Af­ter rave re­views, Stonewall eyes fu­ture

Af­ter rave re­views for host­ing Mid­dle Am­a­teur, Stonewall look­ing for­ward to what’s next

Daily Local News (West Chester, PA) - - FRONT PAGE - By Neil Geoghe­gan ngeoghe­gan@21st-cen­tu­ry­media.com @NeilMGeoghe­gan on Twit­ter — Frank Fos­ter, for­mer Stonewall pres­i­dent and chair­man of the U.S. Mid­dle Am­a­teur

Mem­bers must give go-ahead if club wants to pur­sue fu­ture events, such as U.S. Am­a­teur

EAST NANTMEAL >> Penn­syl­va­nia has played host to 87 United States Golf As­so­ci­a­tion tour­na­ments dat­ing back to the late 1800s, the most of any state. But ear­lier this month at Stonewall near Elver­son, the 2016 U.S. Mid­dle-Am­a­teur Cham­pi­onship be­came the first ever USGA event to be staged in Ch­ester County.

It was also the first na­tional golf event held at a lo­cal course since the PGA Se­nior Tour’s Bell At­lantic Clas­sic ended its 14-year run in Ch­ester County in 1999 at Harte­feld Na­tional. Ch­ester Val­ley Golf Club (1985-90, 1992-97) and White Manor Coun­try Club (1991) also hosted the event.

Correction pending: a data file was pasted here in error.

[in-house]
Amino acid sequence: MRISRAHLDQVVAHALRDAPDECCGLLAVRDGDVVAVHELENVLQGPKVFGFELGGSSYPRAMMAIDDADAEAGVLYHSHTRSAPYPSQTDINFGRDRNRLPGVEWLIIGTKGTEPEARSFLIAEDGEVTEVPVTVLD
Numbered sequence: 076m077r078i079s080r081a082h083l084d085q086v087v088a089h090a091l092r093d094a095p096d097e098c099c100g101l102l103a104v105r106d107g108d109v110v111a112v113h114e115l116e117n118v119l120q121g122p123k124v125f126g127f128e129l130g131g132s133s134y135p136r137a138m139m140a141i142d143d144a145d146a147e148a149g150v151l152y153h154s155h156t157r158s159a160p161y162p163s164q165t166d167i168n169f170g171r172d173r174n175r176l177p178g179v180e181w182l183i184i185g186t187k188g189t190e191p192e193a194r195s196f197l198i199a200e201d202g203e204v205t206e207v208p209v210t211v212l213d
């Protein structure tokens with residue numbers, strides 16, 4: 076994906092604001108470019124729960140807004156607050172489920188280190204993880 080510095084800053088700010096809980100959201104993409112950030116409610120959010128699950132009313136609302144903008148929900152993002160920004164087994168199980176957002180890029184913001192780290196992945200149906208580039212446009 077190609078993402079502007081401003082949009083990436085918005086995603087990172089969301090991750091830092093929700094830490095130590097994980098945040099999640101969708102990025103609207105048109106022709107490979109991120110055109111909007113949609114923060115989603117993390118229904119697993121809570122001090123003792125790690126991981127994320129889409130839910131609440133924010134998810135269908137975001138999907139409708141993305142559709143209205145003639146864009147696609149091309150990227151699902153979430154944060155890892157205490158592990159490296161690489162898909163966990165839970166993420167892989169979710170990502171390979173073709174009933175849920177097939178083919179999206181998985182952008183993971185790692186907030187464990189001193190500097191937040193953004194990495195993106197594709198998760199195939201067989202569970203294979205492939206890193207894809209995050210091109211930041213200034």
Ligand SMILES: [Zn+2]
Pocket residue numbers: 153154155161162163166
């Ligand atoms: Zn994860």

It was a big deal, es­pe­cially for a place that dates back just 23 years. The Old Course de­buted in 1993, and the New Course came a decade later. And judg­ing from com­ments from the com­peti­tors, Stonewall’s two cour­ses were wor­thy venues for the age 25 and older na­tional cham­pi­onship for ama­teurs.

“It’s very fair. It’s firm (and) it was fast,” said Bryn Mawr’s Michael McDer­mott, who ad­vanced to the quar­ter­fi­nals of match play and emerged as the lo­cal fa­vorite. “So as a venue, I think it was a lot of fun — but it was hard.”

That is the kind of praise that is mu­sic to the ears of the USGA, which ul­ti­mately de­cides where all of its 13 yearly cham­pi­onships are held.